The purpose of this work is to enhance KinasePhos
The purpose of this work is to enhance KinasePhos, a machine-learning-based kinase-specific phosphorylation site prediction tool. Experimentally verified kinase-specific phosphorylation data were collected from PhosphoSitePlus, UniProt, GPS 5.0, and Phospho.ELM. In total, 41,421 experimentally verified kinase-specific phosphorylation sites were identified.
A total of 1380 unique kinases were identified, including 753 with existing classification information from KinBase and the remaining 627 annotated by building a phylogenetic tree. Based on this kinase classification, a total of 771 predictive models were built at the individual, family, and group levels, using at least 15 experimentally verified substrate sites in positive training datasets. The improved models were observed to be more effective than other prediction tools.
For example, the prediction of sites phosphorylated by the Akt, CKT, and PKA families had accuracies of 94.5%, 92.5%, and 90.0%, respectively. The average prediction accuracy for all 771 models was 87.2%. For enhancing interpretability, the Shapley additive explanations (SHAP) method was employed to assess feature importance. The web interface of KinasePhos 3.0 has been redesigned with the goal of providing comprehensive annotations of kinase-specific phosphorylation sites on multiple proteins.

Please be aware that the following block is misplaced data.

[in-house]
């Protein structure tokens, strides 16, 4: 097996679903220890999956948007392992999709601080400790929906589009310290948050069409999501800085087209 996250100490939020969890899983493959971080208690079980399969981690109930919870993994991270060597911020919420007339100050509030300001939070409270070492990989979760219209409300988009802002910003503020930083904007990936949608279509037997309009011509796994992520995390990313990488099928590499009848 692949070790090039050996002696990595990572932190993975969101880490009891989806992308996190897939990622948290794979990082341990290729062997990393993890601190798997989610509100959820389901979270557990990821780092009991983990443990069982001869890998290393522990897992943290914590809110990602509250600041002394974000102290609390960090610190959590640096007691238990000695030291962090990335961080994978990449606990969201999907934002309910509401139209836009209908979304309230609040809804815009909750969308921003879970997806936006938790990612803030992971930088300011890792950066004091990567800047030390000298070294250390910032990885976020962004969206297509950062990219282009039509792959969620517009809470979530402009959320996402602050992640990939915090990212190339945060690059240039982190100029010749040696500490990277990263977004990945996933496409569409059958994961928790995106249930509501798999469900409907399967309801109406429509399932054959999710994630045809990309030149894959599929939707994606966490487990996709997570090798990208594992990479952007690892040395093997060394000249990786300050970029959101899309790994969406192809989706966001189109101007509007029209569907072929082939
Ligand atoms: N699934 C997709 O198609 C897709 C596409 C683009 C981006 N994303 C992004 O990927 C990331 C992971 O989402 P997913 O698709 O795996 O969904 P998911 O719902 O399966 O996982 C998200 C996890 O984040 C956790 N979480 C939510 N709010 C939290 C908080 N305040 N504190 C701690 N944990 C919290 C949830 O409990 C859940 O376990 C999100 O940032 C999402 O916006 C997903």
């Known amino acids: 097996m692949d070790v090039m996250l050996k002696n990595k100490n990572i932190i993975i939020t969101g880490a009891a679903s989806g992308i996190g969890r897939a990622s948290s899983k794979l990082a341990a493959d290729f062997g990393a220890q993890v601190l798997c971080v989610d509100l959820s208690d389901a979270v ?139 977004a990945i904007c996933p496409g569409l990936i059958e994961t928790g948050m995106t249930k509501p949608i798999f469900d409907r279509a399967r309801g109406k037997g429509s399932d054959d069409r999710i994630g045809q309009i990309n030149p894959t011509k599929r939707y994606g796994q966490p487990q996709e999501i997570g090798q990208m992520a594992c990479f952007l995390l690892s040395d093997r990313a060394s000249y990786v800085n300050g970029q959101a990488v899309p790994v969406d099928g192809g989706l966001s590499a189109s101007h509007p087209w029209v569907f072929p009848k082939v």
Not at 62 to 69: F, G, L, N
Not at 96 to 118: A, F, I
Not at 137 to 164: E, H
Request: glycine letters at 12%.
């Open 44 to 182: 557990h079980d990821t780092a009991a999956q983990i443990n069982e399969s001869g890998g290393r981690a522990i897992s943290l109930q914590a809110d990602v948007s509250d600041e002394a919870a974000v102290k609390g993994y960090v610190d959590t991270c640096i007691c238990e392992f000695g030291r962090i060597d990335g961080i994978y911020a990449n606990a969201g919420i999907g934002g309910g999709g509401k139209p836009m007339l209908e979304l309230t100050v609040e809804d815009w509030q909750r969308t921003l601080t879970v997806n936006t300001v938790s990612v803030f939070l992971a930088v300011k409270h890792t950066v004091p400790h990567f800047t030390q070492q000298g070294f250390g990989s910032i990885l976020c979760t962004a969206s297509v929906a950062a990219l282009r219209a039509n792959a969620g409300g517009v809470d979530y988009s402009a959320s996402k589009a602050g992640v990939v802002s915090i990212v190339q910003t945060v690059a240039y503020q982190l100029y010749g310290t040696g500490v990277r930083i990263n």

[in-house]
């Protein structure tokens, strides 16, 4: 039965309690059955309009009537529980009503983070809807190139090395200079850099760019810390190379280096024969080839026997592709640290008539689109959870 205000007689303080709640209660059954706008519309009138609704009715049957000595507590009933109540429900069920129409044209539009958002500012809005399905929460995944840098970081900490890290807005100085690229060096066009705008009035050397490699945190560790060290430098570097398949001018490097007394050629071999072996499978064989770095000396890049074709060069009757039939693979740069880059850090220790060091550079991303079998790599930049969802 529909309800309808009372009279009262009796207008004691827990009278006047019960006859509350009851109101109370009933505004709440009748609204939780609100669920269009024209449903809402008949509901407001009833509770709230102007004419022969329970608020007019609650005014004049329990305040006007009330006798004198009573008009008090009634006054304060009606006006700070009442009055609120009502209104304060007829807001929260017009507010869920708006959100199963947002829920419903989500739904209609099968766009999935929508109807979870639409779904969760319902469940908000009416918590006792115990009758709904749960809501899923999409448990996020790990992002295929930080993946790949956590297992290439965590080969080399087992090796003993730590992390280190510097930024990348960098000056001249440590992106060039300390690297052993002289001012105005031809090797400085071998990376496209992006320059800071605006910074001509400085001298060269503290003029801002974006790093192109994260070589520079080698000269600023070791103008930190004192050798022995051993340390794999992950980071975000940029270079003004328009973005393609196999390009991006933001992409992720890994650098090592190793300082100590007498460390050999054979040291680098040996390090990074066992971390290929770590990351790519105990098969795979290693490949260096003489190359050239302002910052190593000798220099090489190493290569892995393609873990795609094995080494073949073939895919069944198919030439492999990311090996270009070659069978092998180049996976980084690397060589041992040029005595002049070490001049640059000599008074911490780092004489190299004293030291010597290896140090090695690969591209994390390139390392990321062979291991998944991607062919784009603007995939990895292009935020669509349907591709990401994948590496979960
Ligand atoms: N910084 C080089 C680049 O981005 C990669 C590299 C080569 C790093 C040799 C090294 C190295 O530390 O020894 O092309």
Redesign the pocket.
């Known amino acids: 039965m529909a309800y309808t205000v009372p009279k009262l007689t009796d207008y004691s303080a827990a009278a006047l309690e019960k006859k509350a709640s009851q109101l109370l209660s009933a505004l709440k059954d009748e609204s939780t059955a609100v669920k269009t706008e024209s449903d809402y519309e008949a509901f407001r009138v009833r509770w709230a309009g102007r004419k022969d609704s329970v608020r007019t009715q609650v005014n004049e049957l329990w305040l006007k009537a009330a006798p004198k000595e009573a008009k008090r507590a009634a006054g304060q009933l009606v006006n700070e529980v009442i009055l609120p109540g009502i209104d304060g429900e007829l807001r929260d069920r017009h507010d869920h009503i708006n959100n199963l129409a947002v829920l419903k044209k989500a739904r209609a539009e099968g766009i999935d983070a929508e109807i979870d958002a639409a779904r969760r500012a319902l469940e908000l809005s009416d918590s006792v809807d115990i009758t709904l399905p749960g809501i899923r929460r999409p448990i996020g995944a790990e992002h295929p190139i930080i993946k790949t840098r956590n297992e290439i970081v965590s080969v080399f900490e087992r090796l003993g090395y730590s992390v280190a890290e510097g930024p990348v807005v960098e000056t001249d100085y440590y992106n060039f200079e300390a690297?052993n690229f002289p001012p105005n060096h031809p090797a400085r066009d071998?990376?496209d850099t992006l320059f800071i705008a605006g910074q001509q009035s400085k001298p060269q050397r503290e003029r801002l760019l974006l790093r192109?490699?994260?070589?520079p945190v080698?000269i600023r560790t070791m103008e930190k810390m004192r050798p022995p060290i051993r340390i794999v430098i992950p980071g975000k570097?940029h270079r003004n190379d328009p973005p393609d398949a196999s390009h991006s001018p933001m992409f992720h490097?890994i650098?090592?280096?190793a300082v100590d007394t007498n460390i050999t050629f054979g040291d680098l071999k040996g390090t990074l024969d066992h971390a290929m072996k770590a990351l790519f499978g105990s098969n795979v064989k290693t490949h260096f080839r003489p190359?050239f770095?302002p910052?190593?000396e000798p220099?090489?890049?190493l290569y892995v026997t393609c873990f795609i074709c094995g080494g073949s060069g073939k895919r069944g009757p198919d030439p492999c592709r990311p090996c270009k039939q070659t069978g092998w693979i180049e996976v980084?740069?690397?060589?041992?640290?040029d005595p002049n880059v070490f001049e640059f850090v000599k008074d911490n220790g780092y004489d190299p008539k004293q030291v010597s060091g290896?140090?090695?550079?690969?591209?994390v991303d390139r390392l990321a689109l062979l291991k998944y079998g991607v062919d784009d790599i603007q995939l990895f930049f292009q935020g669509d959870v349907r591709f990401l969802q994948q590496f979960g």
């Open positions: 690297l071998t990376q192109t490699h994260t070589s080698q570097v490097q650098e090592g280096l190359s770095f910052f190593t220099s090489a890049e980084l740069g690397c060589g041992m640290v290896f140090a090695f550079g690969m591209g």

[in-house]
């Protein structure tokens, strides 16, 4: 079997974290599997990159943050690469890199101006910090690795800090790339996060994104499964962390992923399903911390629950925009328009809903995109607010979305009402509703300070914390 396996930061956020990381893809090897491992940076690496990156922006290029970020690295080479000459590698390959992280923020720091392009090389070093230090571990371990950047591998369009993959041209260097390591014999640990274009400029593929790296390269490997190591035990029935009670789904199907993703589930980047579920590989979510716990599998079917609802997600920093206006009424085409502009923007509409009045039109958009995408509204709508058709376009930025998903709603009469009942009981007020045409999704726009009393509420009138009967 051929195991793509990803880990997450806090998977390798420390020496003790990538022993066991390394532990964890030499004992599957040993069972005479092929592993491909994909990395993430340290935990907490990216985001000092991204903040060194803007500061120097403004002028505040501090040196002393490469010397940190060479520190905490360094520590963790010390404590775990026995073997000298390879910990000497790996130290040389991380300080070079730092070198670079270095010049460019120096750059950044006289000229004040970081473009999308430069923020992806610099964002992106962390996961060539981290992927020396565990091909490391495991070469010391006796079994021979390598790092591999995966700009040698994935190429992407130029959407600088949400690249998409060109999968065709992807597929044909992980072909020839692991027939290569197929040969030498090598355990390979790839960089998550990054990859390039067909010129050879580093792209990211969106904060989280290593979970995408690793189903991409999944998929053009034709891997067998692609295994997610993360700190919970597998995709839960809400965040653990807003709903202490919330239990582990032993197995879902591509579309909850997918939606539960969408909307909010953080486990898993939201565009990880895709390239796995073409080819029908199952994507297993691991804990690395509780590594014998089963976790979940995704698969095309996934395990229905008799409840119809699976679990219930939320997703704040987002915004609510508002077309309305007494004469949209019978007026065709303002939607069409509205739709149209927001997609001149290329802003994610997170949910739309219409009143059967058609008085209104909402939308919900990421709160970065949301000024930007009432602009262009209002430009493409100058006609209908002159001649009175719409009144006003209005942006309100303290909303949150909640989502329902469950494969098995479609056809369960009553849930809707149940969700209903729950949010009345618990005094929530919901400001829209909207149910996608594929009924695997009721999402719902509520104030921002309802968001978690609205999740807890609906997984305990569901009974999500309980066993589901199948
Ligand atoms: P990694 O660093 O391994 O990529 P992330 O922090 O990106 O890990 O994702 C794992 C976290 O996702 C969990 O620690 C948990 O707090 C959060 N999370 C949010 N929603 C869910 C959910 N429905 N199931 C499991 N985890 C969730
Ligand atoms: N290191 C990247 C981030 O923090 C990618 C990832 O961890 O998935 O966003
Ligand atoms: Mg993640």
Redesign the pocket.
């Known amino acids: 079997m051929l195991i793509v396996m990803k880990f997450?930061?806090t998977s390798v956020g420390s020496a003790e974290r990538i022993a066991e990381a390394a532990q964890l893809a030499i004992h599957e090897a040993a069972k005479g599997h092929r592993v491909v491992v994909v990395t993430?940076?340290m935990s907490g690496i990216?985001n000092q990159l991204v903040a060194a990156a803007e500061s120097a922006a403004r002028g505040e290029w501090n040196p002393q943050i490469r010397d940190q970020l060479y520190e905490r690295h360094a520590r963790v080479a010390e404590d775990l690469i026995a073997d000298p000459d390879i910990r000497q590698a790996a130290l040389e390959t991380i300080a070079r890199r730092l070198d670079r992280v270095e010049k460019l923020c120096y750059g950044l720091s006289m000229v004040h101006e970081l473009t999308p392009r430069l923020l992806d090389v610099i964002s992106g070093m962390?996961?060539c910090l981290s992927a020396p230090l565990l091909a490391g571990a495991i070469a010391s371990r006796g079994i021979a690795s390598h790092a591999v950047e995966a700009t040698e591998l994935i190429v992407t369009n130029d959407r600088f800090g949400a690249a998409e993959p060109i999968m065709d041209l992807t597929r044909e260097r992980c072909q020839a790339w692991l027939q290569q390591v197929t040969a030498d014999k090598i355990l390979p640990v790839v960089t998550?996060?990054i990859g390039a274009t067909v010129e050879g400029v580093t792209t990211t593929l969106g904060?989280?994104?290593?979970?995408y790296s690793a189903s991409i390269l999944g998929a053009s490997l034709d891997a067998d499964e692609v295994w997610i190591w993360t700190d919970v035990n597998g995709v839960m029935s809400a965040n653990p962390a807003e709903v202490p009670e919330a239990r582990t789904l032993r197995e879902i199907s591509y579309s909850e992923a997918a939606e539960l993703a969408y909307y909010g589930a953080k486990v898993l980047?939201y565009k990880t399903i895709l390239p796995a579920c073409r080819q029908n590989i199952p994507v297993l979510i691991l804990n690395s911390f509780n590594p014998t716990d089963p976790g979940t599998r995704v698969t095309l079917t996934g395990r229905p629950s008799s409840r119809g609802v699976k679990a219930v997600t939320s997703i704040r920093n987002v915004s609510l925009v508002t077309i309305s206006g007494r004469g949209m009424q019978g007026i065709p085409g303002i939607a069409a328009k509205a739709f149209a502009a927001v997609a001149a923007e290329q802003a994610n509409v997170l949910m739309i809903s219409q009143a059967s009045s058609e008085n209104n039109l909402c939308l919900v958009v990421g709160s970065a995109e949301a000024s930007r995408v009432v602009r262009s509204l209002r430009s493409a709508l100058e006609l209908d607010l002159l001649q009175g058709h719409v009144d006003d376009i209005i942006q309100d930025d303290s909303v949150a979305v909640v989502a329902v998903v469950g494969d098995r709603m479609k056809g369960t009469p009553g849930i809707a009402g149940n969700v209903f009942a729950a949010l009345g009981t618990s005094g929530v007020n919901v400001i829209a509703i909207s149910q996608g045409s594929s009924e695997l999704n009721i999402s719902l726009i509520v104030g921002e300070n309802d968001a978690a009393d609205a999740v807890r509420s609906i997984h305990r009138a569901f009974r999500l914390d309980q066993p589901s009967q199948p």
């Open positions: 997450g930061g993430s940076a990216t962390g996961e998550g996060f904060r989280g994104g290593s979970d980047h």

Protein phosphorylation is an important eukaryotic post-translational modification. It involves the transfer of a phosphate group from ATP to specific amino-acid residues in the substrate. Phosphorylation is catalyzed by a number of protein kinases, which regulate a variety of signaling pathways and biological functions important in DNA repair, transcriptional regulation, apoptosis, immune response, signaling, metabolism, proliferation, and differentiation. Dysregulation of intracellular phosphorylation networks contributes to the occurrence and development of multiple multifactorial diseases, including cancer, cardiovascular disease, obesity, and others.
Therefore, regulating phosphorylation networks by mediating kinase activity has become an attractive therapeutic strategy with kinases being one of the most important drug targets. Thus, linking dysregulated phosphorylation sites to candidate kinase targets is critical, both for the study of disease mechanisms and the development of therapeutic kinase inhibitors